Once again, the cut on the diamond was superb. Both Jenny and I were able to see the inclusion (it was a sharp white crystal just on the edge of the table) but it was barely noticeable. To be fair, the two of us are experts with very sharp eyes. I think the diamond would have been eye-clean for 90% of typical consumers.
Diamonds Pro helped us pick a diamond, according to our budget and a few other criteria. We ended up buying a loose diamond from James Allen. We felt that we got very good value for money. The diamond was appraised by another jeweler where we live, confirming its characteristics and value. Finally, we had the diamond set in a ring by a local jeweler, and we’re very pleased with the result! Thank you Diamonds Pro 😊…see more
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Let’s start with the 0.35ct G color, SI1 for HK$ 16,600. Here is a gorgeous 0.35ct G color, VS1 clarity XXX cut round diamond from Blue Nile for HK$ 5,116. This diamond is just as stunning as the one they had at I-Primo, yet the I-Primo diamond is more than three times the price!
The second diamond didn’t fare much better. This diamond was the 0.30ct G color, SI1 clarity for HK$12,200. Here is a comparable 0.30ct, G color, SI1 clarity XXX cut round diamond from Blue Nile for HK$4,084.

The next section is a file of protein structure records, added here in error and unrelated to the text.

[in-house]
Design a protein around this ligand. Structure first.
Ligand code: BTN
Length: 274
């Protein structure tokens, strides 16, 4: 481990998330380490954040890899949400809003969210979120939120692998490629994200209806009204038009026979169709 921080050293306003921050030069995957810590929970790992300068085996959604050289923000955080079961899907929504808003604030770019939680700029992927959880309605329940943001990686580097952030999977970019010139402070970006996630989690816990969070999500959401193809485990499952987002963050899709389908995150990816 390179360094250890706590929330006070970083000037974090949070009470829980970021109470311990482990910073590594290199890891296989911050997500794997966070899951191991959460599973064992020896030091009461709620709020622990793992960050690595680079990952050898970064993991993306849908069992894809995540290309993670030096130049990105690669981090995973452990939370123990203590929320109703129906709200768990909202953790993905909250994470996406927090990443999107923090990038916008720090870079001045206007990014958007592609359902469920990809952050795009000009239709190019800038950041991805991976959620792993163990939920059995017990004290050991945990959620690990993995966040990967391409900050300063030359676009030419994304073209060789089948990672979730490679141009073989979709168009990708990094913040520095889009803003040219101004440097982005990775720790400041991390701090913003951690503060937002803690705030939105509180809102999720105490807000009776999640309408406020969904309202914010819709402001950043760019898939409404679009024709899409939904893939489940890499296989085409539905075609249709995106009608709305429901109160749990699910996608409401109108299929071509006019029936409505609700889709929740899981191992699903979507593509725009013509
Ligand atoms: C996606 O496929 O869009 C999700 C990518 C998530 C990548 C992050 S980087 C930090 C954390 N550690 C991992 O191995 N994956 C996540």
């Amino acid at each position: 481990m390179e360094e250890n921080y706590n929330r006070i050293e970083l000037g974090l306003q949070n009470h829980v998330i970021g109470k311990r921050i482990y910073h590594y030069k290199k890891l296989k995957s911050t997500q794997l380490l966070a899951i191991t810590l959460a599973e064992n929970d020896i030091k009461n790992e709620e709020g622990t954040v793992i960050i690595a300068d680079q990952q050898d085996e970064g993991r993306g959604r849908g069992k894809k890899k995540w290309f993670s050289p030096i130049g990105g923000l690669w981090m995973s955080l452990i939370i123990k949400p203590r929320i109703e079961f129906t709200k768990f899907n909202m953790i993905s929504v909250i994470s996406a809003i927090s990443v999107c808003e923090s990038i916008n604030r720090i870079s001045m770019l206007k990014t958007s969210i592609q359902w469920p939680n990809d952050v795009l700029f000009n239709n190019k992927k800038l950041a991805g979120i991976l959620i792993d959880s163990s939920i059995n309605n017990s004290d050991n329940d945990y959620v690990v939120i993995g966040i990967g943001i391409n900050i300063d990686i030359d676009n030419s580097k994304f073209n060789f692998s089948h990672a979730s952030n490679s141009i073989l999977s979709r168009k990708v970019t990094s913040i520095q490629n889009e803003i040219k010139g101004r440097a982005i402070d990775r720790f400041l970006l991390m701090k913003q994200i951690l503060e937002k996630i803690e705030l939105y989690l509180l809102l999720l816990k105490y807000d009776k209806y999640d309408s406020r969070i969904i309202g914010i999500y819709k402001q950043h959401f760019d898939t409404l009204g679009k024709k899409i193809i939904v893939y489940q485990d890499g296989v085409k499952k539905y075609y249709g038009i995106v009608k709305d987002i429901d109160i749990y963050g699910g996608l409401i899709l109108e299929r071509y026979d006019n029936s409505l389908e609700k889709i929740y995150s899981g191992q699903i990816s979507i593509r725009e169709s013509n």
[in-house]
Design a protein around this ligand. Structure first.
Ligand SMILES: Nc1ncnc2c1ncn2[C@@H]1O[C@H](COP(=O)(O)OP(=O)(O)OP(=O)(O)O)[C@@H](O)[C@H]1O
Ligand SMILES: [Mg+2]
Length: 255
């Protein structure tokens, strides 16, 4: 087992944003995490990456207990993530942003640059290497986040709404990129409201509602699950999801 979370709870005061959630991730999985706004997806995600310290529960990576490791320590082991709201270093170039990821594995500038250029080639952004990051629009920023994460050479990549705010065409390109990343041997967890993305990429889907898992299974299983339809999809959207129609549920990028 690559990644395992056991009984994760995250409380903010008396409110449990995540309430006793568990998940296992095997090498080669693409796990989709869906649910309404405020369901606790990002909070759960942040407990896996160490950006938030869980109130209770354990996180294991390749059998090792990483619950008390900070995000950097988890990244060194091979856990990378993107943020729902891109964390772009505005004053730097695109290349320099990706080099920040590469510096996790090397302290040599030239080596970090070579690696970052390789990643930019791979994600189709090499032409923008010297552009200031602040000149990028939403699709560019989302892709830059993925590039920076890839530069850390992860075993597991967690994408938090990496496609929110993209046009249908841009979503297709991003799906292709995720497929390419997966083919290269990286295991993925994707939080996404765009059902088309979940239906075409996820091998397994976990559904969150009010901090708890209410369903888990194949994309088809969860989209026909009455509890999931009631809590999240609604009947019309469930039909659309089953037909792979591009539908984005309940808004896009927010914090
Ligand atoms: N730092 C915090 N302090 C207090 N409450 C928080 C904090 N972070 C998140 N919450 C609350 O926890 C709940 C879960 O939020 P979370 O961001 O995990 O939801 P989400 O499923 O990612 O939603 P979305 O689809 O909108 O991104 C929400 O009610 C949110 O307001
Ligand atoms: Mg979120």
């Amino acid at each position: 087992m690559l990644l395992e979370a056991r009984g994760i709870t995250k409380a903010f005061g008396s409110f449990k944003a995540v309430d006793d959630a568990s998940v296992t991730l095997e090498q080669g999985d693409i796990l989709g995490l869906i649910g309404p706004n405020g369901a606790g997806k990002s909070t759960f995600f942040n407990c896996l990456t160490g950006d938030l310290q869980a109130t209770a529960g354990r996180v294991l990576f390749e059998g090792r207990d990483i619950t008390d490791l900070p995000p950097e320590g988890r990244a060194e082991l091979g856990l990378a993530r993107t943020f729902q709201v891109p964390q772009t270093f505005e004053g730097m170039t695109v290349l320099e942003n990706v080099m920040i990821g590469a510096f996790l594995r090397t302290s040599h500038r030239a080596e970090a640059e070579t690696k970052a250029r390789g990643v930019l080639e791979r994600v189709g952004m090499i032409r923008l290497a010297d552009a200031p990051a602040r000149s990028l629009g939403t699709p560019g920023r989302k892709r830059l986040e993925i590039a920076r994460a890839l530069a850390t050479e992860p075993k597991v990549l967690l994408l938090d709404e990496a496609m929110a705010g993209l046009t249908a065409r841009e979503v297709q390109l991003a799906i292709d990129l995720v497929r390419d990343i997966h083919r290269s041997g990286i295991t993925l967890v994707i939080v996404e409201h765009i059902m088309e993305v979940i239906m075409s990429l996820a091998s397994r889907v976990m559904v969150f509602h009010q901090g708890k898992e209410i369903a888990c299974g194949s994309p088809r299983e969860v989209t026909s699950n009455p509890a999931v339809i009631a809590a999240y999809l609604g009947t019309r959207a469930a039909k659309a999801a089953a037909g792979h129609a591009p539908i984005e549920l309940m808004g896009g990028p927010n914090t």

Once again, I-Primo was three times the price of a comparable diamond from Blue Nile.
Here is where I-Primo loses me as a consumer. I don’t get their business model, but that’s neither here nor there. There is no justification for the insane premiums we saw here.
Even the top luxury brands in the world would be hard pressed to charge these prices for a 0.35ct diamond and I-Primo was nowhere near the luxury experience of walking in to a Harry Winston or Cartier.
Most of the jewelry stores we visited in Hong Kong and Macau charged a premium compared to online jewelry retailers like James Allen and Blue Nile. On average, we noticed that the prices of diamonds were about 25 to 35% higher than online.
This is understandable since physical retailers have overheads like rent, employee salaries and utilities to cover.
However, I-Primo takes premium pricing to a whole new level. The diamonds we viewed in-store were three times more expensive than comparable diamonds from Blue Nile, without anything to justify the higher price.
I-Primo’s premium pricing means it isn’t a good place to buy a diamond. Add an unusually long waiting time into the equation (five to six weeks for a ring to be assembled) and shopping for a diamond here just doesn’t make sense.